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Tips for Better Communication with a Loved One with Dementia

As caregivers, we may find ourselves struggling to communicate with a loved one in the way we used to. It may be difficult to understand what a loved one is trying to say, and in the busyness of everyday life, we may find ourselves growing frustrated and impatient. However, these kinds of feelings may in turn affect a loved one, leading to a communication breakdown and potential relationship strain. To avoid this, it’s important to foster good listening skills, patience and respect.

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By Julie Hayes | 04/15/2021

Can a Person with Dementia Live Alone? Recognizing the Need for Support

If you are a family member or caregiver of a person with dementia, it can be difficult to decide whether a person who is living alone is actually in need of help. This webinar will discuss questions that caregivers can ask to help assess the situation and help them gauge when and where support is needed.

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By Cathy Franz | 05/07/2021

Dementia: NOT a Normal Part of Aging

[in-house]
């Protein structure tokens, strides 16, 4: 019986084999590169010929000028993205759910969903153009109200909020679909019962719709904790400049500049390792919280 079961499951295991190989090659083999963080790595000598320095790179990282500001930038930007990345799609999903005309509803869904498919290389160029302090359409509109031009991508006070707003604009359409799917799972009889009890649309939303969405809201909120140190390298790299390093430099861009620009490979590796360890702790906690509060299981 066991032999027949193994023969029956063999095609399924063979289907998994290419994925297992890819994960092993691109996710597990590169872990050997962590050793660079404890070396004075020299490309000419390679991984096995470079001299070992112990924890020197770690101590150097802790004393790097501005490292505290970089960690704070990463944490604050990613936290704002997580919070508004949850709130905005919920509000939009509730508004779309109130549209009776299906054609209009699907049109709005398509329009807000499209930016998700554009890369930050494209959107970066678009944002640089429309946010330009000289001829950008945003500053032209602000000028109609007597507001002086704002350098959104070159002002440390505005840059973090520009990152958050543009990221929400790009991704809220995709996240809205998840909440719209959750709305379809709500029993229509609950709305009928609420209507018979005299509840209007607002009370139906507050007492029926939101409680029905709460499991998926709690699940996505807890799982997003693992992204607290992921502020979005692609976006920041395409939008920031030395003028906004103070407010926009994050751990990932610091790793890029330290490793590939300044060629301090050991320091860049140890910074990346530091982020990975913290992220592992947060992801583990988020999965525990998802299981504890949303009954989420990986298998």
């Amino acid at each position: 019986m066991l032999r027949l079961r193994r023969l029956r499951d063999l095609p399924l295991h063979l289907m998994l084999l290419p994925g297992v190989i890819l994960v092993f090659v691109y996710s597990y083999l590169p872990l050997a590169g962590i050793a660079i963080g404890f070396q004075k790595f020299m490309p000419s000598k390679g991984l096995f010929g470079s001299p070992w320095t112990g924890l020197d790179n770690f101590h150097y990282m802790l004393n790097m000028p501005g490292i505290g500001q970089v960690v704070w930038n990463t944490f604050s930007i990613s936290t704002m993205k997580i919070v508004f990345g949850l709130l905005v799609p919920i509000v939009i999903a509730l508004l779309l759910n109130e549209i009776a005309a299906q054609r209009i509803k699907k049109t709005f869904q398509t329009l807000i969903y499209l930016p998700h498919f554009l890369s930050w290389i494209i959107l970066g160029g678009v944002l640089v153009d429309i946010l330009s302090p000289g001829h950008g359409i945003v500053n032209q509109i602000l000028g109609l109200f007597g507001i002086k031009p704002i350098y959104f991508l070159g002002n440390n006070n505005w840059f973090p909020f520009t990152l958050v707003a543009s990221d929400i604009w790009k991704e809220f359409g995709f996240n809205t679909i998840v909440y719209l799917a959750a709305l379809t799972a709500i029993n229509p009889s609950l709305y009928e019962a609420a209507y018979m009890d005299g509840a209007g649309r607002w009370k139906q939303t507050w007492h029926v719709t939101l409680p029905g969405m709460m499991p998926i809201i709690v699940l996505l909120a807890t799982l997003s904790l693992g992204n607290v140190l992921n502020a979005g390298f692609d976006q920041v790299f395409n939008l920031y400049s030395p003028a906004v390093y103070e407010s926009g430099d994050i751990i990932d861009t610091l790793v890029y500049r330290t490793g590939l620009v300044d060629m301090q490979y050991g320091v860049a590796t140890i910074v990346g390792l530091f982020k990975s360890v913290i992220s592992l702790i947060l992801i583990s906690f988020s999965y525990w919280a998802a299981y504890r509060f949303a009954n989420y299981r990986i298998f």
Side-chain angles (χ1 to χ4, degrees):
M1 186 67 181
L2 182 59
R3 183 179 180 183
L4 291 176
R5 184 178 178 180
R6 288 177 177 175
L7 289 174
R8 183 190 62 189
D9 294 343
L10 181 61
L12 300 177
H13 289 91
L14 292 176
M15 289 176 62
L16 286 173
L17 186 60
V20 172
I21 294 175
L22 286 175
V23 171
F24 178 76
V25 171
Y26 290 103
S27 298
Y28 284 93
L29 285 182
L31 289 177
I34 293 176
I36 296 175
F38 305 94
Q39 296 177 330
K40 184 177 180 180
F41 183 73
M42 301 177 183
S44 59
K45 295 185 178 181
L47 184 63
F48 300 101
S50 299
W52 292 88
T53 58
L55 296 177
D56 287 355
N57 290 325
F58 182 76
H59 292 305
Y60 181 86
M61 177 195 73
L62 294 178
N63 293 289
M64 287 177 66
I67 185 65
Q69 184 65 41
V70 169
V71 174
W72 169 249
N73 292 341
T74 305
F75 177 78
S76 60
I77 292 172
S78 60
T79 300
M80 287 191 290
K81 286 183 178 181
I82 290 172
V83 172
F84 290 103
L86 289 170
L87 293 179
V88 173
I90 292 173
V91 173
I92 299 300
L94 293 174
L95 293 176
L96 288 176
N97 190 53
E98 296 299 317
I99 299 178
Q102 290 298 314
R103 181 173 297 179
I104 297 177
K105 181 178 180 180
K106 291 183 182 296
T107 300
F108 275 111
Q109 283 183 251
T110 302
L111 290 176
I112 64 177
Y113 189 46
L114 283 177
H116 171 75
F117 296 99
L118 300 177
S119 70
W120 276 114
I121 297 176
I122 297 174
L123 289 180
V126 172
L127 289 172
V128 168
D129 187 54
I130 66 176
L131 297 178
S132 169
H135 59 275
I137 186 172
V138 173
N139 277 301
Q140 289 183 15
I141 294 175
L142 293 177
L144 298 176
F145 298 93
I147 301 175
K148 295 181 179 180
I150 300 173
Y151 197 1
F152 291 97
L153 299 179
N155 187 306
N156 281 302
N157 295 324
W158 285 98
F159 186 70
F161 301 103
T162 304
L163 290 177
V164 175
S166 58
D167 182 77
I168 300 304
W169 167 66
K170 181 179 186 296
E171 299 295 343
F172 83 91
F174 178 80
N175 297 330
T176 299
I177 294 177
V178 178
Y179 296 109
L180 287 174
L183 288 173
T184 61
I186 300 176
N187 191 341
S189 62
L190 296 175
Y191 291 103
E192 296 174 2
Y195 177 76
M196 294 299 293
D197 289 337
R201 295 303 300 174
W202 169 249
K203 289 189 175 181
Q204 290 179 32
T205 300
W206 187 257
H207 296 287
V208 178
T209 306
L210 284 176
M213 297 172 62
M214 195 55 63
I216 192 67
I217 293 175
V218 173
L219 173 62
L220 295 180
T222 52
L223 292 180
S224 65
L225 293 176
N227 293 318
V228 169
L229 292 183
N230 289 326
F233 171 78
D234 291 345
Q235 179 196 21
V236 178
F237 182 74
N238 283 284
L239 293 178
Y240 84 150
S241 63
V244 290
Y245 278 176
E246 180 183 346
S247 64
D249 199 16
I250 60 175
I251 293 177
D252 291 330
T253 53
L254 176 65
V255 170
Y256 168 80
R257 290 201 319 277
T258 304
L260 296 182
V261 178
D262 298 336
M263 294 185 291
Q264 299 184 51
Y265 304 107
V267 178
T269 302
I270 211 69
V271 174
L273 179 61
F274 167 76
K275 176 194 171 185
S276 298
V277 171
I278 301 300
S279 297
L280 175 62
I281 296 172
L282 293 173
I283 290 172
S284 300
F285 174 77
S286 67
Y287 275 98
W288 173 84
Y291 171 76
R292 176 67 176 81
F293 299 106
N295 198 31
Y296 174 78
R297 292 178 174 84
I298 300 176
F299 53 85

This webinar addresses the common misconception that dementia is a normal part of aging, a key message of the Dementia Friends USA program. Breaking down misconceptions and stigma around dementia is one of the first steps to building dementia-inclusive communities. Topics presented include definition and types of dementia; how it impacts the brain; comparison of common changes seen in aging vs. early signs of dementia; how dementia is diagnosed, including conditions to rule out; and important next steps after diagnosis.

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By Marty Williman | 04/27/2021

Self-Identifying as a Caregiver: How the Truth May Actually Set You Free!

Are you a caregiver to a loved one? It’s surprising how many of us are quick to answer “no” to that question. Sure, we help a loved one out a few times a week, take them to appointments and do their shopping. But for some reason, the majority of people acting in a caregiver role are hesitant to consider themselves “caregivers.” In fact, according to an AARP Caregiver Identification study, only about 19 percent of caregivers in the country are willing to identify themselves as such. 

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By Michelle Palmer | 04/15/2021

3 Common Causes of Caregiver Guilt, and How to Manage Them

The concept of “caregiver guilt” is an odd one. Providing care for a loved one with a long-term health condition is a wonderful, selfless act, and caregivers undoubtedly devote considerable time and energy to provide the physical, mental and emotional support their loved one requires. And yet, the majority of caregivers report that they frequently experience feelings of guilt.

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By Michelle Palmer | 04/15/2021